Worse than a nightmare can be restless sleep day in and day out for women. Without a doubt, severe insomnia and other sleeping disorders are nothing to joke about, causing a stark decrease in daily productivity and further complications if left treated.
Continue reading to learn more about severe insomnia and other severe sleep disorders as well as what you can do to get your beauty rest back once and for all.
What Makes Insomnia Severe?
In general, insomnia is characterized by the inability to fall asleep or a complete lack of sleep. Those who suffer from insomnia are not able to fall asleep initially, wake up throughout the night and have trouble falling back sleep, have unrestful sleep, or arise too early in the morning.
Accordingly, there are two types of insomnia:
Acute insomnia. Acute insomnia is quite common. This type of insomnia is short-term and can last from one night to a few weeks. Acute insomnia is typically caused by short-term stressors, poor sleep habits, bingeing late at night, or abnormal work or travel schedules.
Chronic insomnia. Those who have chronic insomnia, or severe insomnia, suffer from long-term sleeplessness of at least a month in duration. They have difficulty concentrating from day to day and are at an increased risk of anxiety, autoimmune system problems, depression, and more. Most cases of chronic insomnia are symptom of other health problems.
What Causes Severe Insomnia?
For women going through the menopausal transition, severe insomnia is generally caused by the hormonal shifts taking place in their bodies as reproductive functions come to a halt. This means that the ovaries stop producing the majority of key sex hormones, including estrogen and the sleep-promoting progesterone.
The symptom is also common in pregnant women due to drastic hormonal fluctuations occurring as they nurture the health of another human being.
Other causes of severe insomnia include long-term stress; mental or physical health disorders; medication use; and stimulant abuse, such as of caffeine, nicotine, or alcohol.
Also, it is common for all severe sleeping problems to occur more often with age as changes in health, activity, and sleeping patterns further aggravate the symptom.
What are Other Severe Sleep Disorders?
Other severe sleeping problems causing excessive daytime sleepiness (EDS) - from which you fall asleep on the job or while driving - include sleep apnea, narcolepsy, and periodic limb movement disorder.
Sleep apnea can happen when throat muscles relax and block one's airways, leading to repetitive awakenings. It also happens from a lack of communication between the brain and muscles that control breathing.
Narcolepsy is a central nervous system disorder in which the brain doesn't properly regulate sleep cycles and wakefulness, leading to an uncontrollable need to fall asleep - “sleep attacks” - throughout the day and disturbed sleep at night.
Furthermore, periodic limb movement disorder (PLMD) is a condition causing involuntary jerking and kicking movements of the legs and arms during the night, sometimes hundreds of times. Brief awakenings after the movements can cause EDS.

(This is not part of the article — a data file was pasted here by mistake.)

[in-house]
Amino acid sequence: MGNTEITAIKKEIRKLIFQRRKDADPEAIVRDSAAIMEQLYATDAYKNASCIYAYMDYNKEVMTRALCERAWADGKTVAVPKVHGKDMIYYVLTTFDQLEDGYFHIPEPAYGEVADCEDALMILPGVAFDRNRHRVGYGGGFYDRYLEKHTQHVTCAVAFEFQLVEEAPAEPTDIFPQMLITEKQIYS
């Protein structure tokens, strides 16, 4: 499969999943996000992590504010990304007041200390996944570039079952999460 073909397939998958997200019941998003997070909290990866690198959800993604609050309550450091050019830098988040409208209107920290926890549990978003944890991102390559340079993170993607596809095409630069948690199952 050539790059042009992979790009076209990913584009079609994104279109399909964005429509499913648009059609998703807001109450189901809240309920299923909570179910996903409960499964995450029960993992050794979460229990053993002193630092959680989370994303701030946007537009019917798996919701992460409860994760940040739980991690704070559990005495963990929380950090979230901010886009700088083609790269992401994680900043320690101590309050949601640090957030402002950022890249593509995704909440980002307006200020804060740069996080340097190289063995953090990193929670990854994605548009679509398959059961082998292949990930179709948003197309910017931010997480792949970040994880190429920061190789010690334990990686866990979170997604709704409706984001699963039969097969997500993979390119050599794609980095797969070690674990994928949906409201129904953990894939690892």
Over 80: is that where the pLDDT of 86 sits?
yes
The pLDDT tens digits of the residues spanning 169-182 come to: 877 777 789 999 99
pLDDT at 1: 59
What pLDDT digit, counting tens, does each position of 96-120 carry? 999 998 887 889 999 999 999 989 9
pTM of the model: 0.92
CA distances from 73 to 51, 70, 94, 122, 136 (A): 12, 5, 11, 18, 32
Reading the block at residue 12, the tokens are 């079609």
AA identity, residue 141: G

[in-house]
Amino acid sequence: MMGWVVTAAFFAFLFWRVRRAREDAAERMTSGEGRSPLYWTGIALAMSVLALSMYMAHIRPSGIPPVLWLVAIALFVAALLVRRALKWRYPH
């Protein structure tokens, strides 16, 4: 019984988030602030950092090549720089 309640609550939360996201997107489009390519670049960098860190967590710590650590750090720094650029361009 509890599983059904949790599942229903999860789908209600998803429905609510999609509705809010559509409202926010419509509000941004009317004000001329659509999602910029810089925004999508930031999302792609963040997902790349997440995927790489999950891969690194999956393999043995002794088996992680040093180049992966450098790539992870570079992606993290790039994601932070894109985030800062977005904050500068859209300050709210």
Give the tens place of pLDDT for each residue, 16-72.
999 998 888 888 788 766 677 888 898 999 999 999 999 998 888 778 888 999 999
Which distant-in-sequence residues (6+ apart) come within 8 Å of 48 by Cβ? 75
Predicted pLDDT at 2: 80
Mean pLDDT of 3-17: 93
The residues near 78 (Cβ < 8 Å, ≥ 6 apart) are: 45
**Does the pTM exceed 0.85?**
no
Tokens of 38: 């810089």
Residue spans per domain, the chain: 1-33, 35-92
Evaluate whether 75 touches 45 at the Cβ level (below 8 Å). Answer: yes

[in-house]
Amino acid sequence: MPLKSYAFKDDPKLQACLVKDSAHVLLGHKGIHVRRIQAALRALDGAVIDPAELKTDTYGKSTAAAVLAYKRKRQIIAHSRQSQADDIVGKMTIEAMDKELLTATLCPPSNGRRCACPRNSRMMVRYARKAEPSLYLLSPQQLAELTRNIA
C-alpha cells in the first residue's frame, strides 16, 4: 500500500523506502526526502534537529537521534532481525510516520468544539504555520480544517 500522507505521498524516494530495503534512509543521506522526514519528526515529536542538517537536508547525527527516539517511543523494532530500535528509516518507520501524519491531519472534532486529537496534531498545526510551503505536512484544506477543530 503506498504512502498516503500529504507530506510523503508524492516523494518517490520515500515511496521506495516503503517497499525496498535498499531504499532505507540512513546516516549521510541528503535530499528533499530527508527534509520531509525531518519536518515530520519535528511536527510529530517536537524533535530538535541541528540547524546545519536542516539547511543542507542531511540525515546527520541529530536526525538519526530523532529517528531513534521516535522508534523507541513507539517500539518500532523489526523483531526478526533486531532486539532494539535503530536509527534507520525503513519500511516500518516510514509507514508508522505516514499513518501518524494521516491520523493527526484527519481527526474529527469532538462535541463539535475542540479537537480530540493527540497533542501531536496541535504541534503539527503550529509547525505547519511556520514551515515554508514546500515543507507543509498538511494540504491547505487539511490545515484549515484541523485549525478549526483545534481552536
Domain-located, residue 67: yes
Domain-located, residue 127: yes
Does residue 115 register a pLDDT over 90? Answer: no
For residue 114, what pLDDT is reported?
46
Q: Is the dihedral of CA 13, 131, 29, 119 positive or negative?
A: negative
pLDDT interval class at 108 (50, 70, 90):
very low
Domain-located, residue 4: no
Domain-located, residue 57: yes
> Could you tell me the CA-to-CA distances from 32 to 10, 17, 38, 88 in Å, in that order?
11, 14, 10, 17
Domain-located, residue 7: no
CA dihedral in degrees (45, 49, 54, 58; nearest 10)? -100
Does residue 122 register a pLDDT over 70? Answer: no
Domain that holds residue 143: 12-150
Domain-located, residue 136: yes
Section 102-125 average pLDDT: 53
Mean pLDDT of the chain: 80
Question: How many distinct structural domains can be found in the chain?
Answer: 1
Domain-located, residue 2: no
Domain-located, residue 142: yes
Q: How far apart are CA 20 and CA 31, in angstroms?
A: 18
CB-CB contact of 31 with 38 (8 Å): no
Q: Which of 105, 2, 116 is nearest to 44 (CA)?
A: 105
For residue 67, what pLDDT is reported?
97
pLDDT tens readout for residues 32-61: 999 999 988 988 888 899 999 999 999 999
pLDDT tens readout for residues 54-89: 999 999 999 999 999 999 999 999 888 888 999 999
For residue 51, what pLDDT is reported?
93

How Can I Treat Severe Sleeping Problems?
There are several tests for insomnia and sleep disorders enacted to discover the underlying cause. Treatment will then depend upon that. For example, for those diagnosed with weight-related sleep apnea, a weight loss plan will be put into place by your doctor in hopes to ultimately resolve the disorder.
For those going through menopause, treatments for sleep disorders and severe insomnia focus on resolving the fundamental problem, hormonal imbalance. Implementing lifestyle changes that include an optimized diet rich in phytoestrogens and healthy habits - regular sleep schedule, relaxation techniques, etc. - will get you on your way to that much needed rest. Complement these modifications with hormone-regulating supplements, such as Macafem, for improved results.
All in all, severe insomnia as well as other severe sleep disorders - like sleep apnea, narcolepsy, and PLMD - can take a toll on women's lives, interfering with their daily schedules and leading to more complex health conditions if not managed accordingly. Causes vary from mental health conditions to extreme stress, but for women transitioning through menopause, hormonal imbalance is generally the culprit of severe insomnia. However, rest assured that with proper action, beauty rest is just one eye close away.
- Division of Sleep Medicine. (2007). An Overview of Sleep Disorders. Retrieved September 25, 2018, from http://healthysleep.med.harvard.edu/healthy/getting/treatment/an-overview-of-sleep-disorders
- Mayo Clinic. (2016). Insomnia: Symptoms & causes | Sleep apnea: Symptoms & causes. Retrieved September 25, 2018, from https://www.mayoclinic.org/diseases-conditions/insomnia/symptoms-causes/syc-20355167 | https://www.mayoclinic.org/diseases-conditions/sleep-apnea/symptoms-causes/syc-20377631
- National Sleep Foundation. (n.d.). Menopause and Insomnia. Retrieved September 25, 2018, from https://www.sleepfoundation.org/ask-the-expert/menopause-and-insomnia
- Saddichha, S. (2010). Diagnosis and treatment of chronic insomnia. Annals of Indian Academy of Neurology, 13(2), 94-102. doi: 10.4103/0972-2327.64628